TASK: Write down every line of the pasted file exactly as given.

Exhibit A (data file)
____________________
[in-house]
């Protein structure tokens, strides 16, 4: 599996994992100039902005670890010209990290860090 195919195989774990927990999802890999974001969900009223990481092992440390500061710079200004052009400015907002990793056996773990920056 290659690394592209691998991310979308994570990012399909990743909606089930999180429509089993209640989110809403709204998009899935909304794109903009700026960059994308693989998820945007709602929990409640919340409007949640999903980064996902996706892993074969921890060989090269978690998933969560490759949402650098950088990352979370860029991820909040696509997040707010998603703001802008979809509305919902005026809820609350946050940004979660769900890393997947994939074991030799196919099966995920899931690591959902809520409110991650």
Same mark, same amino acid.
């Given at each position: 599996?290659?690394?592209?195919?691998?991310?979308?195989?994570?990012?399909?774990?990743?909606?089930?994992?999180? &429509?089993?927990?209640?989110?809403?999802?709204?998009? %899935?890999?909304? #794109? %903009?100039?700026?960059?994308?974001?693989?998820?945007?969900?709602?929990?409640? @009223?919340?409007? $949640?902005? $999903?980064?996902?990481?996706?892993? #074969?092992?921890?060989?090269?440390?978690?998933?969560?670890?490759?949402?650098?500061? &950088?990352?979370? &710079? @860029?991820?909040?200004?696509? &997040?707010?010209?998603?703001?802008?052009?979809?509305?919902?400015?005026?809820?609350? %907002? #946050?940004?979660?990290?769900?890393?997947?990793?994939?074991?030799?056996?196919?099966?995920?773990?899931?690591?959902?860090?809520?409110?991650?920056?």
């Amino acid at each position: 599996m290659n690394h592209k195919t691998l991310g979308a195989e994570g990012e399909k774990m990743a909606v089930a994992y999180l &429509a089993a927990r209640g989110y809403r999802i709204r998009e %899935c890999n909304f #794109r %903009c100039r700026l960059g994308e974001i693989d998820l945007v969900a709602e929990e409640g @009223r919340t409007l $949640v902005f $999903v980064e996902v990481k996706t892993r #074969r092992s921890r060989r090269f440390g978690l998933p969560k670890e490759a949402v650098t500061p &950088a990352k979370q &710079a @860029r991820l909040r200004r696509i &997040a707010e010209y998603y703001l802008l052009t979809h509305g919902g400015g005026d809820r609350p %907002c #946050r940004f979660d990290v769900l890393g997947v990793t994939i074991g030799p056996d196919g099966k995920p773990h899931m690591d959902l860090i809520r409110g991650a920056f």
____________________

[in-house]
């Protein structure tokens, strides 16, 4: 599996994992100039902005670890010209990290860090 195919195989774990927990999802890999974001969900009223990481092992440390500061710079200004052009400015907002990793056996773990920056 290659690394592209691998991310979308994570990012399909990743909606089930999180429509089993209640989110809403709204998009899935909304794109903009700026960059994308693989998820945007709602929990409640919340409007949640999903980064996902996706892993074969921890060989090269978690998933969560490759949402650098950088990352979370860029991820909040696509997040707010998603703001802008979809509305919902005026809820609350946050940004979660769900890393997947994939074991030799196919099966995920899931690591959902809520409110991650």
Same mark, same amino acid.
């Given at each position: 599996?290659?690394?592209?195919?691998?991310?979308?195989?994570?990012?399909?774990?990743?909606?089930?994992?999180? &429509?089993?927990?209640?989110?809403?999802?709204?998009? %899935?890999?909304? #794109? %903009?100039?700026?960059?994308?974001?693989?998820?945007?969900?709602?929990?409640? @009223?919340?409007? $949640?902005? $999903?980064?996902?990481?996706?892993? #074969?092992?921890?060989?090269?440390?978690?998933?969560?670890?490759?949402?650098?500061? &950088?990352?979370? &710079? @860029?991820?909040?200004?696509? &997040?707010?010209?998603?703001?802008?052009?979809?509305?919902?400015?005026?809820?609350? %907002? #946050?940004?979660?990290?769900?890393?997947?990793?994939?074991?030799?056996?196919?099966?995920?773990?899931?690591?959902?860090?809520?409110?991650?920056?």
């Amino acid at each position: 599996m290659n690394h592209k195919t691998l991310g979308a195989e994570g990012e399909k774990m990743a909606v089930a994992y999180l &429509a089993a927990r209640g989110y809403r999802i709204r998009e %899935c890999n909304f #794109r %903009c100039r700026l960059g994308e974001i693989d998820l945007v969900a709602e929990e409640g @009223r919340t409007l $949640v902005f $999903v980064e996902v990481k996706t892993r #074969r092992s921890r060989r090269f440390g978690l998933p969560k670890e490759a949402v650098t500061p &950088a990352k979370q &710079a @860029r991820l909040r200004r696509i &997040a707010e010209y998603y703001l802008l052009t979809h509305g919902g400015g005026d809820r609350p %907002c #946050r940004f979660d990290v769900l890393g997947v990793t994939i074991g030799p056996d196919g099966k995920p773990h899931m690591d959902l860090i809520r409110g991650a920056f």